06 April 2007

Confederate Heritage & History Month - Part 3

On top of Love Mountain, just a few steps off the Blue Ridge Parkway, and about 3 miles from my home (as the crow flies), rests the mortal remains of my 3rd Confederate ancestor and great-great grandfather, Morris P. Coffey. G-G-Grandpa Coffey lies on ancestral land in a crude family cemetery with 16 other family members. Wounded twice during the war, Coffey, like my G-G-Grandpa McGann, served in the 51st Virginia Infantry. Also, like McGann, he owned no slaves. He was simply fighting against an invading army that threatened his home and family. Perhaps Coffey and McGann fought side by side, never suspecting they would one day have a common descendant. (Morris Coffey is also the great-great grandfather of my dear wife. Yes, we are cousins! It’s an Appalachia, Scots-Irish thing don’t you know.) Coffey was captured at the Third Battle of Winchester and taken to Point Lookout in Maryland. He was released in a prisoner exchange in March of 1865 and admitted to Chimborazo Hospital in Richmond on 18 March with “chronic dysentery.” He was there in the same hospital where my G-G-Grandpa Crutchfield died 10 days later on 28 March. Perhaps they also knew met, again, neither of them knowing that they would one day have a great-great-grandson write about them. Coffey was, unlike Crutchfield, one of the fortunate ones at Chimborazo. One out of every ten Confederates brought to Chimborazo with diarrhea or dysentery died. The overall mortality rate at Chimborazo was 20%--actually good by 19th century standards.

Three Confederate ancestors: Coffey, Crutchfield, and McGann. Two of them, Crutchfield and Coffey, were both wounded and both were POW’s in camps with deplorable conditions. Crutchfield ultimately died from his wounds. McGann served in the same unit as Coffey, Coffey was in the same hospital as Crutchfield. All 3 were brave men. All deserve my honor and respect.

Two of them—Coffey & McGann—are buried within a few miles of my home, both resting on top of wind-swept peaks in the Blue Ridge Mountains of Virginia. The other ancestor—Crutchfield—lies in a common grave in Richmond marked only by the number “91.”

April is Confederate Heritage and History month and I honor the service and sacrifice of my Confederate ancestors.

"It is indeed a glorious thing to be well descended, but the glory belongs to our ancestors." ~ Phaedrus

05 April 2007

Confederate Heritage & History Month - Part 2

Number 91 on a weathered, lonely, blank headstone; a shared grave with two other men. Not much of a tribute for someone who was a POW and died for his country. For 140 years my family knew nothing of what happened to my great-great grandfather, John Meredith Crutchfield. We did know that Grandpa Crutchfield left the family farm, walked to Gauley Bridge, Virginia (West VA today) and enlisted with the 60th Virginia Infantry, Company F at the beginning of the war. He did not own any slaves. He simply wanted to defend his home. He was wounded at the Battle of Piedmont in the Shenandoah Valley (just a few minutes from my home here in Augusta County), taken prisoner by the Federals and transported to the infamous POW Camp Morton in Indiana where prisoners received cruel treatment at the hands of Union soldiers.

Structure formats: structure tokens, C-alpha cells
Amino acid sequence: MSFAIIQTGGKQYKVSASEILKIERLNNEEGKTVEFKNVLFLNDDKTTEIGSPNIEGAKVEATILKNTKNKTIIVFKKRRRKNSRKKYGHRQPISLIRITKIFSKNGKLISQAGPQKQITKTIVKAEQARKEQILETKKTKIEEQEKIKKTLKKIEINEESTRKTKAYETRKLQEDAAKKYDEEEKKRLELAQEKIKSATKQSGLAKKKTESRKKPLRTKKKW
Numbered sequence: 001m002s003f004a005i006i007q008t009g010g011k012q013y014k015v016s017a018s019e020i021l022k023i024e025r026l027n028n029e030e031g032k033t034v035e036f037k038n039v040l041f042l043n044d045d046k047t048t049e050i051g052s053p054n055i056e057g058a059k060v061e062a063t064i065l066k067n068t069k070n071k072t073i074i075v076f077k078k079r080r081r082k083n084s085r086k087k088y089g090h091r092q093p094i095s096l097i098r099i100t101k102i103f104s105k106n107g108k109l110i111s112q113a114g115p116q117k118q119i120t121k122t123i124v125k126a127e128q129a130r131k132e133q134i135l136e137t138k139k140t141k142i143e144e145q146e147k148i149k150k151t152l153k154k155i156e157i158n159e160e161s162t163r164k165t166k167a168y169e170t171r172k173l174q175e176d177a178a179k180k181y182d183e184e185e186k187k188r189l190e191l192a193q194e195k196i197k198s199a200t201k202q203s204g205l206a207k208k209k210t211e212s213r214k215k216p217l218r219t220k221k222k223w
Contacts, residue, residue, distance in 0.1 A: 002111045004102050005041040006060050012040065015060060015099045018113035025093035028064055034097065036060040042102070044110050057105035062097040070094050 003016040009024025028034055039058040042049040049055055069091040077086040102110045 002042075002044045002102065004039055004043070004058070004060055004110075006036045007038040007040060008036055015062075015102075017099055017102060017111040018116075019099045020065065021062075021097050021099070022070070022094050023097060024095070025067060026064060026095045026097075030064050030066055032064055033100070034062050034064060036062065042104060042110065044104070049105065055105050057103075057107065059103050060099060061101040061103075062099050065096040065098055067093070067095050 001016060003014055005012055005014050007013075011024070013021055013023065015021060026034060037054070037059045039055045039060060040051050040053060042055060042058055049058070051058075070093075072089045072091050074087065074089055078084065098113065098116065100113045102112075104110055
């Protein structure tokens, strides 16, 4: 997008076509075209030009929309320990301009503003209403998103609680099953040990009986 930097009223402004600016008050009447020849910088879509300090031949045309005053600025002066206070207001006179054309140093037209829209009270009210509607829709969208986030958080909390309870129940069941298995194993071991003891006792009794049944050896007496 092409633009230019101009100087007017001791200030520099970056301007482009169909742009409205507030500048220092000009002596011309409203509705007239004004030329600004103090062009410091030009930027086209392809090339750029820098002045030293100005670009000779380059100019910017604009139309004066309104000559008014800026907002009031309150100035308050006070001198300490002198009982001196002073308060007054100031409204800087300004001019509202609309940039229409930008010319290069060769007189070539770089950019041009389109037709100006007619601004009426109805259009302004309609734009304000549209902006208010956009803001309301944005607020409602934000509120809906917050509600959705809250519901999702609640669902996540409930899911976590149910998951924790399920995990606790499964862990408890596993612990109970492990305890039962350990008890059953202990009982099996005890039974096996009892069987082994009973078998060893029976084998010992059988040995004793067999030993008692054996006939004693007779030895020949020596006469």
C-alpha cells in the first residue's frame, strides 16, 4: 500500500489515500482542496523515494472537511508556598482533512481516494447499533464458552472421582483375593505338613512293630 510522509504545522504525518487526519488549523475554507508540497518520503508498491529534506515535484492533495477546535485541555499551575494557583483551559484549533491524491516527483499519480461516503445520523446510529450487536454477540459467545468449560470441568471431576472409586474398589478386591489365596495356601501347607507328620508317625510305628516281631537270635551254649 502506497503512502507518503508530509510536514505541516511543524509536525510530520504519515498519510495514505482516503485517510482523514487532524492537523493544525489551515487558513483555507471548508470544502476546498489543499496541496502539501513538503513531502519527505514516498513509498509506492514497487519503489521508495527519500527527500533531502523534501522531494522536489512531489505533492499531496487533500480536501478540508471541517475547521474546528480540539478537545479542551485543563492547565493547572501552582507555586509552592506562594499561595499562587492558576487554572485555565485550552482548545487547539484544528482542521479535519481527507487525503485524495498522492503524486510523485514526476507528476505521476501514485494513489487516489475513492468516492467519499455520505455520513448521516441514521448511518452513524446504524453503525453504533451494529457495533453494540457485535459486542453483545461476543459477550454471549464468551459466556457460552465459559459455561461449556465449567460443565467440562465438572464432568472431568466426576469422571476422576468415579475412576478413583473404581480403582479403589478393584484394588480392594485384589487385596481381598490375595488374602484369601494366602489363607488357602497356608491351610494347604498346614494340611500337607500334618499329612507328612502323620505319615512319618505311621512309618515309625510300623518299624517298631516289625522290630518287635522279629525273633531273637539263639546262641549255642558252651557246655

Transferred to Chimborazo Hospital in March of 1865 in a prisoner exchange, my grandfather died there on March 28. There, the story ended – or so the family thought. John Crutchfield’s widow died years later not knowing what had become of him. Had he deserted? Had he run off with another woman? Had he been killed in battle? No one knew until the 1950’s when my great aunt discovered the information about the Battle of Piedmont and Chimborazo. But the family still did not know what became of his body. Where was he buried or was he buried? Then I wrote this piece for the Washington Times’ Civil War column detailing some of my grandfather’s story. (This story refers to a "James" Crutchfield. That was my mistake, John is the correct name. John had a son named James that was born in 1861.) The story was read by a gentleman in Richmond; a fellow Sons of Confederate Veterans member. This man was working on the restoration of Oakwood Cemetery in Richmond. This cemetery, where many Confederate veterans are buried, had fallen into shameful neglect in recent years. I was contacted by this gentleman and he told me that he knew for a fact that John Meredith Crutchfield was buried at Oakwood – family mystery solved! The photograph of Oakwood shown here was taken in April of 1865, just after my grandfather would have been buried. Almost exactly 140 years after the fact, John Meredith Crutchfield’s family now knows where his grave is. Grandpa Crutchfield has never before had someone from his family visit his grave, weep over his death, honor his sacrifice, or place flowers upon his final resting place. That is about to change. I love history. And I love the God of history who providentially shows us what we need to know to honor our fathers.